Let's translate this into the current discussion. I will define shyness here as stress found in a situation that many others (who are confident) would not perceive as stressful. The shy person is aware that others think of the circumstance as ordinary. Hence there is shame about being shy. The sense of shame compounds the stress. The molehill has turned into a mountain. It is the shame piece rather than the initial stress where the devil is found.
The shy person gives into the devil by making an apparent safety play - not engaging with others and remaining quiet. There is fear of calamity in doing otherwise. But complete disengagement is not really safe, as it means life passes one by. Over time, with at first very tiny experiments at interaction, the shy person learns to overcome these limitations to some degree, finding some circumstances where engaging in them more fully is possible. Then when interacting the shy person is apt to be charitable and collegial, understanding full well how fragile comfort and security in interaction actually is. This is where the devil has been defeated and compassion found.
Hoffer makes another related point, about the source of creativity. Hoffer divides people into the strong and weak. The strong are satisfied with the status quo and therefore don't require things to change. The weak are distressed by how things are as they are traumatized by their current circumstance. The weak look for solutions out of their dilemma. That is the spur to creativity. If a good solution is found the weak become strong as the status quo gets overturned.
It seems an easy translation to map the weak-strong distinction into the shy-confident version. Much of Hoffer's argument remains intact. But there is one point that needs elaboration. Is the now confident person who was once shy compassionate about they shyness of others or instead, having repressed the memory of the former shy self, like the strong as Hoffer describes them? I can imagine it either way, though my guess is that compassion would fade as the memory of the shy self fades with it. In my way of thinking, this is another place where the battle with the devil manifests. We should not let those memories die an easy death, painful as they might be.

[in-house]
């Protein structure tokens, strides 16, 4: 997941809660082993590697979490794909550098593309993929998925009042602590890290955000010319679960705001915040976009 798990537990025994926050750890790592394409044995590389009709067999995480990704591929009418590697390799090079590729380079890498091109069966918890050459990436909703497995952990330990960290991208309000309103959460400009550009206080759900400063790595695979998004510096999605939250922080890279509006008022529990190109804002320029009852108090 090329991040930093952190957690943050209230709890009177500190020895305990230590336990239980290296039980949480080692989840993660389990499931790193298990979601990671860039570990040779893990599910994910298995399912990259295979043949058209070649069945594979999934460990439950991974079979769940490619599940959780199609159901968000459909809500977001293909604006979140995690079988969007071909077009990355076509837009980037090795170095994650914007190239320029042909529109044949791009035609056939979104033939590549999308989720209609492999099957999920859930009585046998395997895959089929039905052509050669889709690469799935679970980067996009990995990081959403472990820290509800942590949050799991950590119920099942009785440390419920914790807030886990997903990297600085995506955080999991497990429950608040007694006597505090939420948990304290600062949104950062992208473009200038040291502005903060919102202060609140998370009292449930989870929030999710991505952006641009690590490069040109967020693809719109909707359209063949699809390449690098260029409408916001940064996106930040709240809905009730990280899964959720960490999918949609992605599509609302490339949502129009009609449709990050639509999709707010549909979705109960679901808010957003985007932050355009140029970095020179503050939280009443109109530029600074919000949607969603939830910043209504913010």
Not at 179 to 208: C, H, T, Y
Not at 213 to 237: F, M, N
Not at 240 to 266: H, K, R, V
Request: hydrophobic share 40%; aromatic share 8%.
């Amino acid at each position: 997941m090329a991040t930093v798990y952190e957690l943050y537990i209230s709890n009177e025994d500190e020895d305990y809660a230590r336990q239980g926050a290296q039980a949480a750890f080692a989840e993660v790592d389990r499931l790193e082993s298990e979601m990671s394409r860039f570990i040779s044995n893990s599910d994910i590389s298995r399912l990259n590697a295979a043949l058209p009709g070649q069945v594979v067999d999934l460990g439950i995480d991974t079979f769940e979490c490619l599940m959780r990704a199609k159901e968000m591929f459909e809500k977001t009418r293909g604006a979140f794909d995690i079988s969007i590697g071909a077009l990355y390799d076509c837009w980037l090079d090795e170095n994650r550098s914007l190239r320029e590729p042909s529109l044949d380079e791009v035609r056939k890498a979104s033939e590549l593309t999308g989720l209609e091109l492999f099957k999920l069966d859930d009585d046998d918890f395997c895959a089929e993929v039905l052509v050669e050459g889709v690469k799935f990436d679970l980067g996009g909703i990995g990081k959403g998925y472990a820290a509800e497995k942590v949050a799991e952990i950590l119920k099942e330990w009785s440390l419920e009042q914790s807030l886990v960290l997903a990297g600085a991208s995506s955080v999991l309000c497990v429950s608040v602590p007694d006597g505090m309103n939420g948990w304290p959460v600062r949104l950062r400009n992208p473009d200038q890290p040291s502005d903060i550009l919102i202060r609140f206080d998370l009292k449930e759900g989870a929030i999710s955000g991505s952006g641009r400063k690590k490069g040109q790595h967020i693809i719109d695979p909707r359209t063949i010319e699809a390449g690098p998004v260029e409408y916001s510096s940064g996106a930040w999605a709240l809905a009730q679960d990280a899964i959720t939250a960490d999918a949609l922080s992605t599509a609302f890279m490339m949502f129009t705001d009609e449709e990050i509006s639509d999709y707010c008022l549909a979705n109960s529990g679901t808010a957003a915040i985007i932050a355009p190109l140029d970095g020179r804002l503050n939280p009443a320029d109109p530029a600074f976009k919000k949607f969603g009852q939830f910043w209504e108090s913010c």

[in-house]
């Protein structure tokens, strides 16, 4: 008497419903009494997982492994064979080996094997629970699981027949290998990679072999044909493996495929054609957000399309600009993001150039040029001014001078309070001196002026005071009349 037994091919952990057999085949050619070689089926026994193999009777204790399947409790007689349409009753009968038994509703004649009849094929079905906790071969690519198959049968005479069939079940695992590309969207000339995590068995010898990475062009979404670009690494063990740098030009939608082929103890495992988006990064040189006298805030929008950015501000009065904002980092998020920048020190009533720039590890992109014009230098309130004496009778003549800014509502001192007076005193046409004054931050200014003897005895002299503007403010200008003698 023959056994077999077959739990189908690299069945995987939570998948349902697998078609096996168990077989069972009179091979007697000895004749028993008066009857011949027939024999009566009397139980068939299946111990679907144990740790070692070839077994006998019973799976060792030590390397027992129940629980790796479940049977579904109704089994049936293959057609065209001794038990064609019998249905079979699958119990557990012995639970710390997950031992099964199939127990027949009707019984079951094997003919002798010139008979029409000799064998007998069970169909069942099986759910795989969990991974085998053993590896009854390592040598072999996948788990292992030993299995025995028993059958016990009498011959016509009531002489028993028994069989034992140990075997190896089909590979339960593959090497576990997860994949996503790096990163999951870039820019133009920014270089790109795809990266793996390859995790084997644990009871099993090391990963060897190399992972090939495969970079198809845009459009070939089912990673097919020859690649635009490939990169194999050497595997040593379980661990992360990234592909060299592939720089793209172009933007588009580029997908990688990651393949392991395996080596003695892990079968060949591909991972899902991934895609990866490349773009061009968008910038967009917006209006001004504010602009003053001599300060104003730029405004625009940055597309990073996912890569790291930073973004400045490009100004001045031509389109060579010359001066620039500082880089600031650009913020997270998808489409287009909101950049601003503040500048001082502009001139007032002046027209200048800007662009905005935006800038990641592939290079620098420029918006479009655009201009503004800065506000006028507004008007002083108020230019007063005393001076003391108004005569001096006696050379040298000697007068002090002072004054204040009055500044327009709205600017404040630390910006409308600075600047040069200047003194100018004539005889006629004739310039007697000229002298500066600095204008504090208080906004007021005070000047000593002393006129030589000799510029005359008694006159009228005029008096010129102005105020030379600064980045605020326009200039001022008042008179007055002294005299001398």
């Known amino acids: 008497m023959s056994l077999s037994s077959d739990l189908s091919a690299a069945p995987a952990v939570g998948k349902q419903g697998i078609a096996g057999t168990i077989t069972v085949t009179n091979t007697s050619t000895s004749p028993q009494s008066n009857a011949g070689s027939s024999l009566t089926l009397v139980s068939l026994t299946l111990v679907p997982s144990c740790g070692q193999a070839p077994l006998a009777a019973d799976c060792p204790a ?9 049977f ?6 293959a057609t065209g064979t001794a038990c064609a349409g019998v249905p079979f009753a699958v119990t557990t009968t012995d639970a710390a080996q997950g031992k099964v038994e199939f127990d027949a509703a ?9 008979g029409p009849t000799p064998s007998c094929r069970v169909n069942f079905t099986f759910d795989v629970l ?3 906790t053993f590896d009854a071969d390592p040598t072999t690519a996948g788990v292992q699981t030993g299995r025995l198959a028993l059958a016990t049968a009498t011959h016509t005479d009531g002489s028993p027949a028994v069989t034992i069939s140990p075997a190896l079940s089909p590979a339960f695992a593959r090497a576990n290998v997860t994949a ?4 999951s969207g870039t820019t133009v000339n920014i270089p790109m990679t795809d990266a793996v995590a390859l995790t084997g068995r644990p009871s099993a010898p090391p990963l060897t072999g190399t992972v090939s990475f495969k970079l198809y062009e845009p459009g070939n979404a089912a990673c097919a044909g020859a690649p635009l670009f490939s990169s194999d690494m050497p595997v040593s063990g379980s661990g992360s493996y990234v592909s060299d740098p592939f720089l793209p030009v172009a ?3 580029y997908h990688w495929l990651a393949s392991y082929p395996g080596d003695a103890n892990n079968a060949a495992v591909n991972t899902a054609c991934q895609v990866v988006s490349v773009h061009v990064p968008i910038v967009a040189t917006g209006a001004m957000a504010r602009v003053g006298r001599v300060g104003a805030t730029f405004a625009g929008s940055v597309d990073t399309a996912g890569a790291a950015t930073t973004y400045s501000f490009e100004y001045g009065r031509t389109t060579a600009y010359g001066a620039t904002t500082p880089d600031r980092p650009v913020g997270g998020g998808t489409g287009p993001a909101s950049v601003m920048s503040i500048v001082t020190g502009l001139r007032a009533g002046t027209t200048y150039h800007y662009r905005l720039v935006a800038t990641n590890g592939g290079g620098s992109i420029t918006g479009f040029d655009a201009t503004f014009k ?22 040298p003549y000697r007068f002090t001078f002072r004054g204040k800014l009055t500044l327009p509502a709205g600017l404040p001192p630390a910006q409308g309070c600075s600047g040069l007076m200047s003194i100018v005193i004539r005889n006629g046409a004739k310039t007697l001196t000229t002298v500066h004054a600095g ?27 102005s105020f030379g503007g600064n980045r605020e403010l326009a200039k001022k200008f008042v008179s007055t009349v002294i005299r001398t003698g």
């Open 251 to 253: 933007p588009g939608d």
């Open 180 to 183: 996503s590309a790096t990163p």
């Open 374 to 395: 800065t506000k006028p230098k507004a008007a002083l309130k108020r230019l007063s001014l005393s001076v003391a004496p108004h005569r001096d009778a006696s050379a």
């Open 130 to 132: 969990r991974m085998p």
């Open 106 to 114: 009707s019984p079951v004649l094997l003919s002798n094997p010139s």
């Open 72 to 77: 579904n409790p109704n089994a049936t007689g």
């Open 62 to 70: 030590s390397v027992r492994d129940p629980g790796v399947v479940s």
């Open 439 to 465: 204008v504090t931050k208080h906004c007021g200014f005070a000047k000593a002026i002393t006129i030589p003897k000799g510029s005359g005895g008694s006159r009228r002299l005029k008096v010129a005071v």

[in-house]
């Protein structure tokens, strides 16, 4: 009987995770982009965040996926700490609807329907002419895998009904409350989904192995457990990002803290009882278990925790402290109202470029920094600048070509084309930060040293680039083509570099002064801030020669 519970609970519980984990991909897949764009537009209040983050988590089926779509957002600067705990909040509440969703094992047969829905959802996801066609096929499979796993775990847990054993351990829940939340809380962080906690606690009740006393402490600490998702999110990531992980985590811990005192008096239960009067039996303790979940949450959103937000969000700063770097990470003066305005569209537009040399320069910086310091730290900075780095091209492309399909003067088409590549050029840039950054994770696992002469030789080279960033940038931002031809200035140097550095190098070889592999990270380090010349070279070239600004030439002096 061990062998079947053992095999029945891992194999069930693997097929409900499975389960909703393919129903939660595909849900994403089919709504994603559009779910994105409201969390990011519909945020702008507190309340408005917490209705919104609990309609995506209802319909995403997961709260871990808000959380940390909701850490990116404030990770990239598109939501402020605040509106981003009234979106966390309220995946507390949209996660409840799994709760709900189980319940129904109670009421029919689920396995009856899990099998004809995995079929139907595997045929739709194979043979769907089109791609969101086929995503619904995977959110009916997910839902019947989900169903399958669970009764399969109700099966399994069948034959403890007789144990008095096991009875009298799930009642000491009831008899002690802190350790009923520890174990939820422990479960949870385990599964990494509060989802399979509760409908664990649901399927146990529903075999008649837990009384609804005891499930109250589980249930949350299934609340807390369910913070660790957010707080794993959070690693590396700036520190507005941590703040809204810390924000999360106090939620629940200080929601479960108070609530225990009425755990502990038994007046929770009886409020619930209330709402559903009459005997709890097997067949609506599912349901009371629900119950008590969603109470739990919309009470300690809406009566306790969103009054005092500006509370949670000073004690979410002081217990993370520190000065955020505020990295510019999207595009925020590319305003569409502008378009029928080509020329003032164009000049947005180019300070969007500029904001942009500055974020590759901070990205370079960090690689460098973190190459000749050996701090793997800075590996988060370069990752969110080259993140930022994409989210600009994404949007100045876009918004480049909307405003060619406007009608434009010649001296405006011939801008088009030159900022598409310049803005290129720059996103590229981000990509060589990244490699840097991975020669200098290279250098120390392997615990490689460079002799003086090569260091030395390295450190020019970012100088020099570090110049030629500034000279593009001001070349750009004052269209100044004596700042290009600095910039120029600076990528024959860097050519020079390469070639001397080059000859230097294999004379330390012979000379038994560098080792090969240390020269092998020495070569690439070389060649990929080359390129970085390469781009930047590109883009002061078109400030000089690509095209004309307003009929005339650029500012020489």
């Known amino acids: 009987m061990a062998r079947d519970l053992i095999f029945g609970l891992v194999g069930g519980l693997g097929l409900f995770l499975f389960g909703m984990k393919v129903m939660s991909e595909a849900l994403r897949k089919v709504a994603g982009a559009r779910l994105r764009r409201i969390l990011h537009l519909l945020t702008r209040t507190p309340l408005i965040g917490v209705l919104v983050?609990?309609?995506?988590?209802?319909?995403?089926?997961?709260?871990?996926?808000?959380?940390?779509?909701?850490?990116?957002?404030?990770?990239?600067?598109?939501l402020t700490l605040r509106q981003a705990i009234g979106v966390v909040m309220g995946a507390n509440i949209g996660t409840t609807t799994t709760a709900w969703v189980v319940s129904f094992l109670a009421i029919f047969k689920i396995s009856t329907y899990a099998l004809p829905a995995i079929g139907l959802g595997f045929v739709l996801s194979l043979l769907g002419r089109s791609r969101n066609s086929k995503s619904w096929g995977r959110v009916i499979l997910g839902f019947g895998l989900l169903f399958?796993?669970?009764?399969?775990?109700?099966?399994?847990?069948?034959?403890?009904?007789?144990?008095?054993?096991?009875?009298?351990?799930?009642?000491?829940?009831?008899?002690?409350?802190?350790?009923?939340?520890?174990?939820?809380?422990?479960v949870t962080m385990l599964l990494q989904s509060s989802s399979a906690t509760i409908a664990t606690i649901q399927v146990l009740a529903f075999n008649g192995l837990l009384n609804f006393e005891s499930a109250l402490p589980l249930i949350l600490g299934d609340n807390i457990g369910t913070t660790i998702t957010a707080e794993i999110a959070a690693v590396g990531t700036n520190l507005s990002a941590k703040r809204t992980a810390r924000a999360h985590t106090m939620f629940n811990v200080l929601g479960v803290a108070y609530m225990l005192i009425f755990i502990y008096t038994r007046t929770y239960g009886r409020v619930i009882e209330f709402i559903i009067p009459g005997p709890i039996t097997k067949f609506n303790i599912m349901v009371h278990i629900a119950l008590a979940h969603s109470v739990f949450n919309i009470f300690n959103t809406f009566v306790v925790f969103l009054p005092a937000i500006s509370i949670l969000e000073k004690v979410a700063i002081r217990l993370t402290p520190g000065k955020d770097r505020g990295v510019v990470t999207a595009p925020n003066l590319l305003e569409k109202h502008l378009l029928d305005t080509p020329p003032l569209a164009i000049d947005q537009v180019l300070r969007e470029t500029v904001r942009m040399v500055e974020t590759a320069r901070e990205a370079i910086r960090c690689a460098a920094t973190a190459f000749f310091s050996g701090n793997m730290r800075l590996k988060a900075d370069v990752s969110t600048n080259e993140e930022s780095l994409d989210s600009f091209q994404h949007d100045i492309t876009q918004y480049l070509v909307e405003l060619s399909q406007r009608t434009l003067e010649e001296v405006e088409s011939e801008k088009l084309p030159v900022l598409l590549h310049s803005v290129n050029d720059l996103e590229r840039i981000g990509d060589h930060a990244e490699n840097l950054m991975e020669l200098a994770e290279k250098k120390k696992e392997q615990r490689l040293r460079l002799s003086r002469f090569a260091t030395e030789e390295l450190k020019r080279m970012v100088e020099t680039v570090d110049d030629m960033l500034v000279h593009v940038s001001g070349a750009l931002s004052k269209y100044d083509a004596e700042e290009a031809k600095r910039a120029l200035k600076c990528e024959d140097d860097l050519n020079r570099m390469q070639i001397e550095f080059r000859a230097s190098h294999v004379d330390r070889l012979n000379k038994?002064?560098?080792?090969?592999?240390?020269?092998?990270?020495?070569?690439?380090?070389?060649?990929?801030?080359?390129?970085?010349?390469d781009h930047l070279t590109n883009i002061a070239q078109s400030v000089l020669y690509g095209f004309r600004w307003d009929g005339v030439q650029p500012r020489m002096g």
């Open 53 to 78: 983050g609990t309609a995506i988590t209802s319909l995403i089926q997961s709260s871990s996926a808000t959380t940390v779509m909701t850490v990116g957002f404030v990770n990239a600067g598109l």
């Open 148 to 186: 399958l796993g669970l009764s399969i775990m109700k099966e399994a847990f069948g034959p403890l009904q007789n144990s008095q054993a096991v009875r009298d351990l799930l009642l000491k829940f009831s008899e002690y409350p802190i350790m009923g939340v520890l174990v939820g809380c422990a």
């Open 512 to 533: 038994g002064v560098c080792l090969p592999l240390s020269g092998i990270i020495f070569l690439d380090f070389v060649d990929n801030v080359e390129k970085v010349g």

This is especially important if most of us are like fish - sometimes in water, other times not. In other words, if even the seemingly gregarious and confident person is placed in a sufficiently unusual and alien circumstance, the person then will act in a shy manner. There are potential lessons to be learned from these experiences. If we are to become more tolerant of one another, this is how it will happen.
There are other aspects of world view that differ whether one is strong or weak. Looking at our personal history, the strong are likely to recount an earlier age when everyone was strong, as the weak were invisible to them then. My post from a few days ago can be understood in this way, a weak person taking the strong to task for romanticizing the past, though the example I used had nothing to do with sexual misconduct, and I am a guy, rather large physically, so by an eyeball test wouldn't be taken as weak.
There is also the matter of how our social strictures should be designed to manage transgressions, when the weak get injured via some predatory behavior. The strong are apt to embrace Social Darwinism. In other words, the weak need to learn to fend for themselves from the School of Hard Knocks. In contrast, the weak and their protectors among the strong think that society needs to defend the weak. The predatory behavior must be proscribed. Other protections need to be put in place as well. You see these positions in our national politics when talking about income distribution, just as you see them on our campuses when considering Freedom of Speech versus showing respect for all individuals when in public discourse.